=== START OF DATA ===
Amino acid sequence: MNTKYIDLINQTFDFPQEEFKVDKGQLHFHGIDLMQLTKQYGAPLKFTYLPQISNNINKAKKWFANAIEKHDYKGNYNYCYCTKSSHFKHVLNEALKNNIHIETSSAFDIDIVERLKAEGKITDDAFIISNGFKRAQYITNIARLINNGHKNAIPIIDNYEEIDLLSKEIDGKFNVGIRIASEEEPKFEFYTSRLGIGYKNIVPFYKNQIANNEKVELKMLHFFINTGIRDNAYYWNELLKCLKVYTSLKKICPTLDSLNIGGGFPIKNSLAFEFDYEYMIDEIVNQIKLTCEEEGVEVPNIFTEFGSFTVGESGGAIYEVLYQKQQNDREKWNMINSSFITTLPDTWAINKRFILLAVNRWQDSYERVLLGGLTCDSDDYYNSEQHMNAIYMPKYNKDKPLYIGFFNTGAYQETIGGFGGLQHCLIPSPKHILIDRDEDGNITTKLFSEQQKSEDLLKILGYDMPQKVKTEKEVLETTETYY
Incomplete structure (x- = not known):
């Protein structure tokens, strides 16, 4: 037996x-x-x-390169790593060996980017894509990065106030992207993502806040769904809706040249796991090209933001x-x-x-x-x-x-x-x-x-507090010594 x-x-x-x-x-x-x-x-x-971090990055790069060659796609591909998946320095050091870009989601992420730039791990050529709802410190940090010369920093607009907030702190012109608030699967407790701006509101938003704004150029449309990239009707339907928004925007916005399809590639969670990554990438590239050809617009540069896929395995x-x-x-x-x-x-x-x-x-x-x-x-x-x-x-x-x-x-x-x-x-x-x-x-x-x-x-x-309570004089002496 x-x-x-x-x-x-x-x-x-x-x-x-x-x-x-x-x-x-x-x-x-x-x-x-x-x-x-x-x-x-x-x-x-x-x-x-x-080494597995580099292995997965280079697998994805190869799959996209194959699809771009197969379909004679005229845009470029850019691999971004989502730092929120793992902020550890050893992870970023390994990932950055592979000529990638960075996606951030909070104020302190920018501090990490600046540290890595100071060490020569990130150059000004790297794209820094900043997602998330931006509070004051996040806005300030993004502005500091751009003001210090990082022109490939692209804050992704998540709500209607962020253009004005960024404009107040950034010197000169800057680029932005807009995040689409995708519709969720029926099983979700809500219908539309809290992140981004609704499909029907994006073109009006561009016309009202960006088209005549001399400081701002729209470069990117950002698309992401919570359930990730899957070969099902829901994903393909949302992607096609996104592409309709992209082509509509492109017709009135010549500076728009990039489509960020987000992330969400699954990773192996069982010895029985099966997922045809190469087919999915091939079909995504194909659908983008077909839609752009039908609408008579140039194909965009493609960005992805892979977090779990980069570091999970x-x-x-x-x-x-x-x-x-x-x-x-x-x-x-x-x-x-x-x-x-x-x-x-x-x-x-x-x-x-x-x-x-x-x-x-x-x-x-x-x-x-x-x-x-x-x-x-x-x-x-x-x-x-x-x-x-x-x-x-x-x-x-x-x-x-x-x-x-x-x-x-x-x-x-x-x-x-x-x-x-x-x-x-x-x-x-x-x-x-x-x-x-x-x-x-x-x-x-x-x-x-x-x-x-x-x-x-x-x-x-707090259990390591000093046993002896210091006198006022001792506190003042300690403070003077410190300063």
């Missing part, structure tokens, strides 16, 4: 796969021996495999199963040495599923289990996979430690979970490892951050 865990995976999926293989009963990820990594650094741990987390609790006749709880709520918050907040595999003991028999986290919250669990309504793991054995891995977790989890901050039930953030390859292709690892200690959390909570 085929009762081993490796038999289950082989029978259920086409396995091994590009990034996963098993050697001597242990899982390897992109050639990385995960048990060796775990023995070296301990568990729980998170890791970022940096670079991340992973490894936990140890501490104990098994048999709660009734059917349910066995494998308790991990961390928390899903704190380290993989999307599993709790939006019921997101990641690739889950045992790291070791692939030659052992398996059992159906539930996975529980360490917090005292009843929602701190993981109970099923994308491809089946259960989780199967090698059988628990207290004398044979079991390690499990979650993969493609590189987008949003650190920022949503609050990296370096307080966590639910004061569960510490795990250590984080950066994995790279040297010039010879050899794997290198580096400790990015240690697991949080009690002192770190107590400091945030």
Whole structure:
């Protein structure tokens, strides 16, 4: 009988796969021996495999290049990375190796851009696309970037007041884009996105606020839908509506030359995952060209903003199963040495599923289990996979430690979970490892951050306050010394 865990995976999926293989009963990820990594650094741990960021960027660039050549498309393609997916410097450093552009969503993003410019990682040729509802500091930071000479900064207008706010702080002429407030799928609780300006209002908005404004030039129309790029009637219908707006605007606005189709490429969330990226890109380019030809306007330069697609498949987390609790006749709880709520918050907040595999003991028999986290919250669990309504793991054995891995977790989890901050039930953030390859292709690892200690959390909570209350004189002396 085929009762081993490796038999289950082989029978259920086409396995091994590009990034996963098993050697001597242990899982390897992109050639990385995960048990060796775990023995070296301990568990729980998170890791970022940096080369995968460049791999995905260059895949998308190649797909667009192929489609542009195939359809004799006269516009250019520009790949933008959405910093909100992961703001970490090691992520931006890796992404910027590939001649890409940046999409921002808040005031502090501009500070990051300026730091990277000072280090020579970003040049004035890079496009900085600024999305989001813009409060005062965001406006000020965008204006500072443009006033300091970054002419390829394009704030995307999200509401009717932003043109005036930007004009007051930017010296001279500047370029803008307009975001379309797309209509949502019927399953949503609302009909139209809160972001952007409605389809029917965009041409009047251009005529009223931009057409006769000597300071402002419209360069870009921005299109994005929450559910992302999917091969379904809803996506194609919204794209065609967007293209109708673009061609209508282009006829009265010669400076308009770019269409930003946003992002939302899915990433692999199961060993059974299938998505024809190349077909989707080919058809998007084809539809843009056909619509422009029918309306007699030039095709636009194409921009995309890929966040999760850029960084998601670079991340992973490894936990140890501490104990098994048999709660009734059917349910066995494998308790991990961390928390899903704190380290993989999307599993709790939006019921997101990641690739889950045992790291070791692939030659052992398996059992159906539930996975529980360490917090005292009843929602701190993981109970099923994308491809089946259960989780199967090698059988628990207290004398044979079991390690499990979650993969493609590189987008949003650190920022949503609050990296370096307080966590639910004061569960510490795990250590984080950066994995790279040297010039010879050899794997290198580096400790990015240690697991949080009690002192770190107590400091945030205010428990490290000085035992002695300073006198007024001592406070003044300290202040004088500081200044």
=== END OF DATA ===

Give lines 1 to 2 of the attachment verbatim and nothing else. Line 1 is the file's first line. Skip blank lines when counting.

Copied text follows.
Amino acid sequence: MNTKYIDLINQTFDFPQEEFKVDKGQLHFHGIDLMQLTKQYGAPLKFTYLPQISNNINKAKKWFANAIEKHDYKGNYNYCYCTKSSHFKHVLNEALKNNIHIETSSAFDIDIVERLKAEGKITDDAFIISNGFKRAQYITNIARLINNGHKNAIPIIDNYEEIDLLSKEIDGKFNVGIRIASEEEPKFEFYTSRLGIGYKNIVPFYKNQIANNEKVELKMLHFFINTGIRDNAYYWNELLKCLKVYTSLKKICPTLDSLNIGGGFPIKNSLAFEFDYEYMIDEIVNQIKLTCEEEGVEVPNIFTEFGSFTVGESGGAIYEVLYQKQQNDREKWNMINSSFITTLPDTWAINKRFILLAVNRWQDSYERVLLGGLTCDSDDYYNSEQHMNAIYMPKYNKDKPLYIGFFNTGAYQETIGGFGGLQHCLIPSPKHILIDRDEDGNITTKLFSEQQKSEDLLKILGYDMPQKVKTEKEVLETTETYY
Incomplete structure (x- = not known):